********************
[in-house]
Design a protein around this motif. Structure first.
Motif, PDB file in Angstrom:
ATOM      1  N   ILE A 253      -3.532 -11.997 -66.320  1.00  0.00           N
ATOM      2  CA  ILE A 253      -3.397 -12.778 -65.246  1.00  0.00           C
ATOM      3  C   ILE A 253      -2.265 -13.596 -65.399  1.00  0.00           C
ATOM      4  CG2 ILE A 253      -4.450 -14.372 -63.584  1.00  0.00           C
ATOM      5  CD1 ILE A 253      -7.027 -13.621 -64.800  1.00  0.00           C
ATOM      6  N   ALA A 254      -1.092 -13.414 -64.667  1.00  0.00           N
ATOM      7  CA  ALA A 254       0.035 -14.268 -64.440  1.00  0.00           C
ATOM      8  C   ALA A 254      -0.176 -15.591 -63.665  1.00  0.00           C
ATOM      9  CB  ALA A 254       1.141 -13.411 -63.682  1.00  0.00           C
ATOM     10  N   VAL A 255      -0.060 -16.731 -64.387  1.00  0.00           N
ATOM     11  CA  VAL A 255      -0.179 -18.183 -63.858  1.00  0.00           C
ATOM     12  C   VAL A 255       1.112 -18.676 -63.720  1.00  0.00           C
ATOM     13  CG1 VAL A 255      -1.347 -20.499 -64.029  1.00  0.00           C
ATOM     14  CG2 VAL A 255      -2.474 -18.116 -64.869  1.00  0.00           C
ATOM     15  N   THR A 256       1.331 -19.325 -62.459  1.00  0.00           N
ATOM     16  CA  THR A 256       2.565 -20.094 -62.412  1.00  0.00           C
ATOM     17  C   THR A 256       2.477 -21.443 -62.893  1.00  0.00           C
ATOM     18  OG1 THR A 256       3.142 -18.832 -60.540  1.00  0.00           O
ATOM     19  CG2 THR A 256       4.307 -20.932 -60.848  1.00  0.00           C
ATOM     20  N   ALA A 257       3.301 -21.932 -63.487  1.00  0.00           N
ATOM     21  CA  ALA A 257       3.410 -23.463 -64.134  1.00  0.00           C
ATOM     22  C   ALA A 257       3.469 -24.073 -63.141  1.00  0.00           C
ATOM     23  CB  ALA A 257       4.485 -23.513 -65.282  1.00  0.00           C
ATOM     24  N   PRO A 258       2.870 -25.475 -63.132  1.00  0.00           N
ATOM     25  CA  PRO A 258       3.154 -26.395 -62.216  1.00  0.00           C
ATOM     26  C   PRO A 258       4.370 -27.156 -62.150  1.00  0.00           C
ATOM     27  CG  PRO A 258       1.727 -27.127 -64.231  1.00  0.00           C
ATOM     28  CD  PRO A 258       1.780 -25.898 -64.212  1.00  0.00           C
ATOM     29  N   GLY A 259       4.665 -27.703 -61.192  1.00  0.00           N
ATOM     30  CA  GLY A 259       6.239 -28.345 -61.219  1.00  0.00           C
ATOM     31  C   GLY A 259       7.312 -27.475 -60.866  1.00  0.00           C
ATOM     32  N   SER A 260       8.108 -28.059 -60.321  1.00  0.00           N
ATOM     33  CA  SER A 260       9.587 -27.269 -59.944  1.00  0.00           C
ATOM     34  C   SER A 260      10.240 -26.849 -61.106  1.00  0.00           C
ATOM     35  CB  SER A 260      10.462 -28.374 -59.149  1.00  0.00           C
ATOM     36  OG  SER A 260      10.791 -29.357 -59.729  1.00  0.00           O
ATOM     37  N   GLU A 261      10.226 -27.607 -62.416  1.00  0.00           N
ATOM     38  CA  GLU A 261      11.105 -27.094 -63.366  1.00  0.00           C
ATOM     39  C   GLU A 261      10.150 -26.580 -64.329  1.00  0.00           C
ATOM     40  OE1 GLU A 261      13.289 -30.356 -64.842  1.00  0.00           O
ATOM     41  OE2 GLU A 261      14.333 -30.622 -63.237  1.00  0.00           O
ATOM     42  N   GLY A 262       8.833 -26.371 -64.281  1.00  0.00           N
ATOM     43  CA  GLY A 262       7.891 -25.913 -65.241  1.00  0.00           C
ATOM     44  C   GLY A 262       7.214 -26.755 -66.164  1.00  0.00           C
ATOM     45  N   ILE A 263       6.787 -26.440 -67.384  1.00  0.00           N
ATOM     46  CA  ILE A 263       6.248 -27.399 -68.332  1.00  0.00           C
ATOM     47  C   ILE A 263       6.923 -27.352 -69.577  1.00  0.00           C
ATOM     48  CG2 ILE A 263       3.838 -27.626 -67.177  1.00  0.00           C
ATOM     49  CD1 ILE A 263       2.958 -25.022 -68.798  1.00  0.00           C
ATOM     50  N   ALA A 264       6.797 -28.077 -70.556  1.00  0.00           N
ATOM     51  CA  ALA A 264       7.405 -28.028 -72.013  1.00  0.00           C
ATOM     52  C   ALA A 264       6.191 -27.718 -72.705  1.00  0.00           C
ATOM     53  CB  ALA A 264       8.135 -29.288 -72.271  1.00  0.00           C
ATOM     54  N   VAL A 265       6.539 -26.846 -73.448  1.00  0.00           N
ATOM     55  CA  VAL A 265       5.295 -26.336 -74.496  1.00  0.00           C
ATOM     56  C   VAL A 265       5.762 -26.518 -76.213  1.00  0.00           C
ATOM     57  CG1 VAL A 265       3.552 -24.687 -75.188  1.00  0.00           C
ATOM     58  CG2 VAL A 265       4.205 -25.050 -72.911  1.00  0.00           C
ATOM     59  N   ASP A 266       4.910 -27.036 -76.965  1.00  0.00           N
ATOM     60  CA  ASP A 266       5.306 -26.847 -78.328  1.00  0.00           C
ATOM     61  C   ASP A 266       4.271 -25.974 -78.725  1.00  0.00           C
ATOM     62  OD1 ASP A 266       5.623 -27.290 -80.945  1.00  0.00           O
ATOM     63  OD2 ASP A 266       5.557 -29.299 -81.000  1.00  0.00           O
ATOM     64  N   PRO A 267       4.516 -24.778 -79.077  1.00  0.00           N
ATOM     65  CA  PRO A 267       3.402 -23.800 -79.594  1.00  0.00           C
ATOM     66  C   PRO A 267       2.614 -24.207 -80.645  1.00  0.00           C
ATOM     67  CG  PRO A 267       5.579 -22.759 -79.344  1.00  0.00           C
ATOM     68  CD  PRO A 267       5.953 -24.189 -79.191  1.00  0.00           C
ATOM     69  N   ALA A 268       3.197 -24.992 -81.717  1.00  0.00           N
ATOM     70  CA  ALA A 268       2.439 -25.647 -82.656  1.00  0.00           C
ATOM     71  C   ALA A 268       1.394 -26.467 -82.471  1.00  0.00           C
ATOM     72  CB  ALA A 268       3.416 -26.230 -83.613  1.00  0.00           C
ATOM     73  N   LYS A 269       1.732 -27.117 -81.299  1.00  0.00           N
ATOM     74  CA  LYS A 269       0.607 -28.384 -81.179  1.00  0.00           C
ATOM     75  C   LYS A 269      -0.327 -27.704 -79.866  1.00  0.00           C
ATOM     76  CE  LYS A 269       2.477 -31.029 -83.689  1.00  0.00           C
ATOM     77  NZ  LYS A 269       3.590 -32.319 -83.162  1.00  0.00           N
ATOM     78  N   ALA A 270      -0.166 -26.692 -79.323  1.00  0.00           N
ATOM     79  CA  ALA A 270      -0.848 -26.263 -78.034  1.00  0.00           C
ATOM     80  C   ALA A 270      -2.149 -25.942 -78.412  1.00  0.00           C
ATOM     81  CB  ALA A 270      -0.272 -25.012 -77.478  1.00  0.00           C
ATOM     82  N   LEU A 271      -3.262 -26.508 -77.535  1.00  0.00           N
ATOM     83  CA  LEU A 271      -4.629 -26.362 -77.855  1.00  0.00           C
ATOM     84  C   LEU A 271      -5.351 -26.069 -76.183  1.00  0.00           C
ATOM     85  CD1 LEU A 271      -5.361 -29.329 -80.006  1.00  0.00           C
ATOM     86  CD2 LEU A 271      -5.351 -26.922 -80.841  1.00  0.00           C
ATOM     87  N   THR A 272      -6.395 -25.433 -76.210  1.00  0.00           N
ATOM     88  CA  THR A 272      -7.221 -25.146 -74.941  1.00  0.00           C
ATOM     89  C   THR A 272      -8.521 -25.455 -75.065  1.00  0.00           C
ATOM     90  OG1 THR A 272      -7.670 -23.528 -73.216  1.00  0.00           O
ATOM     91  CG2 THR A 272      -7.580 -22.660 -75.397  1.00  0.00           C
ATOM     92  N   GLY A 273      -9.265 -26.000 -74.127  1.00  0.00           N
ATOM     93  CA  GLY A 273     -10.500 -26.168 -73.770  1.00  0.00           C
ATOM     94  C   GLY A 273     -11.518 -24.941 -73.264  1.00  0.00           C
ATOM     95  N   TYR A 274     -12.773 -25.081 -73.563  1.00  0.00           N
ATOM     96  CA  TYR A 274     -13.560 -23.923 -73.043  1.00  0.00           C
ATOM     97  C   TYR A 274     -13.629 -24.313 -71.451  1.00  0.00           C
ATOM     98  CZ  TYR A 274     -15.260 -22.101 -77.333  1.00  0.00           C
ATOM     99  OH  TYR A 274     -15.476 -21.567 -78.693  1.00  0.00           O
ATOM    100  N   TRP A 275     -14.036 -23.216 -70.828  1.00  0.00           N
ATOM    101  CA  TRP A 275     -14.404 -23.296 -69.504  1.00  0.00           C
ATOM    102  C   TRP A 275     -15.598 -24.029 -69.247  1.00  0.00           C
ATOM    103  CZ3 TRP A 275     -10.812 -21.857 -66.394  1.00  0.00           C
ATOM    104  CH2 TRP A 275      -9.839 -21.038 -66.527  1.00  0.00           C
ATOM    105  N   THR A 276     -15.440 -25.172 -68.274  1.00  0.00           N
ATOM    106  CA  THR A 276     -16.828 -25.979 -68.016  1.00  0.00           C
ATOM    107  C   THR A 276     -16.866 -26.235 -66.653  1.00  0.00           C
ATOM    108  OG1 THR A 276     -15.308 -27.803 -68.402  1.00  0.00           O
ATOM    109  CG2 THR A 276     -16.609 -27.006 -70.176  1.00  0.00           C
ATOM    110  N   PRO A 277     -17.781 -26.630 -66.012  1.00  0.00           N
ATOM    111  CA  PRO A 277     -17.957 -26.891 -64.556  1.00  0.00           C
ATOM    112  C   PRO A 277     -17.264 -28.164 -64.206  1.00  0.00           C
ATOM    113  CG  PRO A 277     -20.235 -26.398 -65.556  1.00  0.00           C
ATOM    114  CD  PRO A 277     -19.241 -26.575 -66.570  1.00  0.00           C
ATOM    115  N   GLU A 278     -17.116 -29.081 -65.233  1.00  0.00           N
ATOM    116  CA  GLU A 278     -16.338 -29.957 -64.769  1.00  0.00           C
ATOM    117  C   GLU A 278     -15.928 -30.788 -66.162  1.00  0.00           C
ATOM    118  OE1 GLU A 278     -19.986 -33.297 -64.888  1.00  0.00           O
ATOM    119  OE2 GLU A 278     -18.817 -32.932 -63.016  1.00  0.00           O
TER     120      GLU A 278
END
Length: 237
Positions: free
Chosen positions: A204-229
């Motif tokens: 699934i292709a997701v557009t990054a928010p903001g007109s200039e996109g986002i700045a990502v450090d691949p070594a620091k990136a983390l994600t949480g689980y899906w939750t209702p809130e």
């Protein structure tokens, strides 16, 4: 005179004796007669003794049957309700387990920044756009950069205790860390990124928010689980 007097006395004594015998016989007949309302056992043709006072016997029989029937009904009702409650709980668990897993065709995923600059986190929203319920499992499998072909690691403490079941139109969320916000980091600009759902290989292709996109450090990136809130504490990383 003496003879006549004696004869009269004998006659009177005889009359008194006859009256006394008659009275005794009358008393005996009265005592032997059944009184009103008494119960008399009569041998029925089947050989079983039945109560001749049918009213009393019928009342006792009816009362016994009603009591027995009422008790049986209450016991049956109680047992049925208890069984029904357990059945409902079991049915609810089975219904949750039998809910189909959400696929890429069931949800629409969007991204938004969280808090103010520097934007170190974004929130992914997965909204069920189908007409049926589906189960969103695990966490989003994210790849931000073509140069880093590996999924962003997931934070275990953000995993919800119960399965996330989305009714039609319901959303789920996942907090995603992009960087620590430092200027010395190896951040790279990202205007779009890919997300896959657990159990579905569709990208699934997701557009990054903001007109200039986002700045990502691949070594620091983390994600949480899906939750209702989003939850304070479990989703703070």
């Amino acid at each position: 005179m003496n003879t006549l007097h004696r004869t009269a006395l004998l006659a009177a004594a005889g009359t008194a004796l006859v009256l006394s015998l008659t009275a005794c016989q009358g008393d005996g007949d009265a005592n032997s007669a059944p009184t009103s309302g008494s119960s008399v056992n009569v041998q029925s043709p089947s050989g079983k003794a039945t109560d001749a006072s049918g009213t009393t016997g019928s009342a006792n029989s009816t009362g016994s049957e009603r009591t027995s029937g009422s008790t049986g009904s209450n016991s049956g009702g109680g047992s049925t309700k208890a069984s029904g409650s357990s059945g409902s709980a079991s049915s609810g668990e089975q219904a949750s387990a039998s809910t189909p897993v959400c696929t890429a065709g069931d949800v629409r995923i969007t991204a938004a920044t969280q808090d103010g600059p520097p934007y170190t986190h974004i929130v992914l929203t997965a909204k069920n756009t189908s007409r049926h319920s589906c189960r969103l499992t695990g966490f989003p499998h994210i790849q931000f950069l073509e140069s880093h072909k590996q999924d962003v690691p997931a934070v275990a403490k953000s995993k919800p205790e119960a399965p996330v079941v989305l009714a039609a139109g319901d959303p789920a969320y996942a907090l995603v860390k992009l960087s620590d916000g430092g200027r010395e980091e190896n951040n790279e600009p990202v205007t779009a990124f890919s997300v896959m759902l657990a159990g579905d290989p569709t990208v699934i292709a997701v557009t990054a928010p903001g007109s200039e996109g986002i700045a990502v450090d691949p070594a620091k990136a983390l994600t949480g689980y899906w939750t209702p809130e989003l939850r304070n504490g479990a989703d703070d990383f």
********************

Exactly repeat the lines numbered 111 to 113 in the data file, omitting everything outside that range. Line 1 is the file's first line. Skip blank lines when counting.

ATOM    108  OG1 THR A 276     -15.308 -27.803 -68.402  1.00  0.00           O
ATOM    109  CG2 THR A 276     -16.609 -27.006 -70.176  1.00  0.00           C
ATOM    110  N   PRO A 277     -17.781 -26.630 -66.012  1.00  0.00           N